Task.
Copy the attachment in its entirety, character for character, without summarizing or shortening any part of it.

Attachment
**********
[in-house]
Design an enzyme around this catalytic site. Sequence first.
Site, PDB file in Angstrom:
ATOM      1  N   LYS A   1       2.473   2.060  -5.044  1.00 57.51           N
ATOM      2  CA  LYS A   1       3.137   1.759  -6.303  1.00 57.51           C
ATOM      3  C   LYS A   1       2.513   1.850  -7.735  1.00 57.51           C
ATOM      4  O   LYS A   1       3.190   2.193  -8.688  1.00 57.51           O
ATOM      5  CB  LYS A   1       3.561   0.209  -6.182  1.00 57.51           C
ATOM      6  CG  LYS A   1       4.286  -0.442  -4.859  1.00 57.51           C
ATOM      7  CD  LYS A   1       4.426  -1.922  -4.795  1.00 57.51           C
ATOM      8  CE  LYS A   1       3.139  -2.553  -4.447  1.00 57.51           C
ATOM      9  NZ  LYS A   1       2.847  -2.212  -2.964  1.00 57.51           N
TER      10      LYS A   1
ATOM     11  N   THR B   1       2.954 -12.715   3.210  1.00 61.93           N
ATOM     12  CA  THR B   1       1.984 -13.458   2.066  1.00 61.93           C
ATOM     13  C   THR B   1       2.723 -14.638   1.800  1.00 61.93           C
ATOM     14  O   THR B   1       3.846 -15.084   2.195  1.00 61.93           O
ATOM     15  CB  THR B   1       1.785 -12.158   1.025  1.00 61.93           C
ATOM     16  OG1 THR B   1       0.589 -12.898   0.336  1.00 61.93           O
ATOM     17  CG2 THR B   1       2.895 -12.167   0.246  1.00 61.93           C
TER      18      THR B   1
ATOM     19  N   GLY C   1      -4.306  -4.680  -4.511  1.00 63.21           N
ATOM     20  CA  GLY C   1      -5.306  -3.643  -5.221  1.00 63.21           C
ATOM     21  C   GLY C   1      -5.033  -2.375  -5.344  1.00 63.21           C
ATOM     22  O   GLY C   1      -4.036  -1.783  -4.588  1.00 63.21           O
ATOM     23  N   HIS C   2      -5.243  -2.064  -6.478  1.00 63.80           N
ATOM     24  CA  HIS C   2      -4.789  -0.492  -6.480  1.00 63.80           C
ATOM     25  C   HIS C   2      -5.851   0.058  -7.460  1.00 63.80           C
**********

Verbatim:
[in-house]
Design an enzyme around this catalytic site. Sequence first.
Site, PDB file in Angstrom:
ATOM      1  N   LYS A   1       2.473   2.060  -5.044  1.00 57.51           N
ATOM      2  CA  LYS A   1       3.137   1.759  -6.303  1.00 57.51           C
ATOM      3  C   LYS A   1       2.513   1.850  -7.735  1.00 57.51           C
ATOM      4  O   LYS A   1       3.190   2.193  -8.688  1.00 57.51           O
ATOM      5  CB  LYS A   1       3.561   0.209  -6.182  1.00 57.51           C
ATOM      6  CG  LYS A   1       4.286  -0.442  -4.859  1.00 57.51           C
ATOM      7  CD  LYS A   1       4.426  -1.922  -4.795  1.00 57.51           C
ATOM      8  CE  LYS A   1       3.139  -2.553  -4.447  1.00 57.51           C
ATOM      9  NZ  LYS A   1       2.847  -2.212  -2.964  1.00 57.51           N
TER      10      LYS A   1
ATOM     11  N   THR B   1       2.954 -12.715   3.210  1.00 61.93           N
ATOM     12  CA  THR B   1       1.984 -13.458   2.066  1.00 61.93           C
ATOM     13  C   THR B   1       2.723 -14.638   1.800  1.00 61.93           C
ATOM     14  O   THR B   1       3.846 -15.084   2.195  1.00 61.93           O
ATOM     15  CB  THR B   1       1.785 -12.158   1.025  1.00 61.93           C
ATOM     16  OG1 THR B   1       0.589 -12.898   0.336  1.00 61.93           O
ATOM     17  CG2 THR B   1       2.895 -12.167   0.246  1.00 61.93           C
TER      18      THR B   1
ATOM     19  N   GLY C   1      -4.306  -4.680  -4.511  1.00 63.21           N
ATOM     20  CA  GLY C   1      -5.306  -3.643  -5.221  1.00 63.21           C
ATOM     21  C   GLY C   1      -5.033  -2.375  -5.344  1.00 63.21           C
ATOM     22  O   GLY C   1      -4.036  -1.783  -4.588  1.00 63.21           O
ATOM     23  N   HIS C   2      -5.243  -2.064  -6.478  1.00 63.80           N
ATOM     24  CA  HIS C   2      -4.789  -0.492  -6.480  1.00 63.80           C
ATOM     25  C   HIS C   2      -5.851   0.058  -7.460  1.00 63.80           C